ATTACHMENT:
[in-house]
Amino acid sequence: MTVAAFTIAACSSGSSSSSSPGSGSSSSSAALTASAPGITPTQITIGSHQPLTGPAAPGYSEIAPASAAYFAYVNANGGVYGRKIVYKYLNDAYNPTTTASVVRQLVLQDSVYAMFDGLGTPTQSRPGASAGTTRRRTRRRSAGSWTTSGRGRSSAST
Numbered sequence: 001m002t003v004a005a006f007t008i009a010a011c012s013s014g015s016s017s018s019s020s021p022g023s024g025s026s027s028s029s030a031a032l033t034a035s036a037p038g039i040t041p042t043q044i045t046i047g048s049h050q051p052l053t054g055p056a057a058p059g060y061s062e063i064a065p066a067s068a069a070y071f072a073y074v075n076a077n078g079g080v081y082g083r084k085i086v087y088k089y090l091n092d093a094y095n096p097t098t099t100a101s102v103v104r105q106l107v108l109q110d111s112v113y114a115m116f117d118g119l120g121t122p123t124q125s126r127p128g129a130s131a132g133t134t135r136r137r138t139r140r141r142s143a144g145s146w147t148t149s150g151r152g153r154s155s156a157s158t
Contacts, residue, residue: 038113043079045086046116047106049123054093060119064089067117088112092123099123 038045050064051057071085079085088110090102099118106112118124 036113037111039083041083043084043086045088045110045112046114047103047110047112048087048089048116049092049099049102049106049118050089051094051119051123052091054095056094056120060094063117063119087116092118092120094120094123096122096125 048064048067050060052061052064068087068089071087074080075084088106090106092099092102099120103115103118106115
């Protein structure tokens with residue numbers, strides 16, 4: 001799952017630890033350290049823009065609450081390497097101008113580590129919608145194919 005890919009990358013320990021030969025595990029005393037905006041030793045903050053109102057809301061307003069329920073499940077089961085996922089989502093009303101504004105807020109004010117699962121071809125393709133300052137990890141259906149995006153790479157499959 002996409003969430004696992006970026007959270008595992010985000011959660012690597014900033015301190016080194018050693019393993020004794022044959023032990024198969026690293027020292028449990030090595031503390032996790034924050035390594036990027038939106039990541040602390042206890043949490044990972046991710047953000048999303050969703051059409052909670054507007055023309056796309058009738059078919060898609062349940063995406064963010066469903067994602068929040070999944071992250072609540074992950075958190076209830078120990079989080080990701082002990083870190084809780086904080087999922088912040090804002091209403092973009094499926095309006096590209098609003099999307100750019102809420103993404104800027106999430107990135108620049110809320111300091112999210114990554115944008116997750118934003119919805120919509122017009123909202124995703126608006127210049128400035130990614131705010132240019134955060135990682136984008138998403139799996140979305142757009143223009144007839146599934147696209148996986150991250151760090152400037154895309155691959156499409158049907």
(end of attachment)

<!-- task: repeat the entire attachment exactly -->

[in-house]
Amino acid sequence: MTVAAFTIAACSSGSSSSSSPGSGSSSSSAALTASAPGITPTQITIGSHQPLTGPAAPGYSEIAPASAAYFAYVNANGGVYGRKIVYKYLNDAYNPTTTASVVRQLVLQDSVYAMFDGLGTPTQSRPGASAGTTRRRTRRRSAGSWTTSGRGRSSAST
Numbered sequence: 001m002t003v004a005a006f007t008i009a010a011c012s013s014g015s016s017s018s019s020s021p022g023s024g025s026s027s028s029s030a031a032l033t034a035s036a037p038g039i040t041p042t043q044i045t046i047g048s049h050q051p052l053t054g055p056a057a058p059g060y061s062e063i064a065p066a067s068a069a070y071f072a073y074v075n076a077n078g079g080v081y082g083r084k085i086v087y088k089y090l091n092d093a094y095n096p097t098t099t100a101s102v103v104r105q106l107v108l109q110d111s112v113y114a115m116f117d118g119l120g121t122p123t124q125s126r127p128g129a130s131a132g133t134t135r136r137r138t139r140r141r142s143a144g145s146w147t148t149s150g151r152g153r154s155s156a157s158t
Contacts, residue, residue: 038113043079045086046116047106049123054093060119064089067117088112092123099123 038045050064051057071085079085088110090102099118106112118124 036113037111039083041083043084043086045088045110045112046114047103047110047112048087048089048116049092049099049102049106049118050089051094051119051123052091054095056094056120060094063117063119087116092118092120094120094123096122096125 048064048067050060052061052064068087068089071087074080075084088106090106092099092102099120103115103118106115
């Protein structure tokens with residue numbers, strides 16, 4: 001799952017630890033350290049823009065609450081390497097101008113580590129919608145194919 005890919009990358013320990021030969025595990029005393037905006041030793045903050053109102057809301061307003069329920073499940077089961085996922089989502093009303101504004105807020109004010117699962121071809125393709133300052137990890141259906149995006153790479157499959 002996409003969430004696992006970026007959270008595992010985000011959660012690597014900033015301190016080194018050693019393993020004794022044959023032990024198969026690293027020292028449990030090595031503390032996790034924050035390594036990027038939106039990541040602390042206890043949490044990972046991710047953000048999303050969703051059409052909670054507007055023309056796309058009738059078919060898609062349940063995406064963010066469903067994602068929040070999944071992250072609540074992950075958190076209830078120990079989080080990701082002990083870190084809780086904080087999922088912040090804002091209403092973009094499926095309006096590209098609003099999307100750019102809420103993404104800027106999430107990135108620049110809320111300091112999210114990554115944008116997750118934003119919805120919509122017009123909202124995703126608006127210049128400035130990614131705010132240019134955060135990682136984008138998403139799996140979305142757009143223009144007839146599934147696209148996986150991250151760090152400037154895309155691959156499409158049907």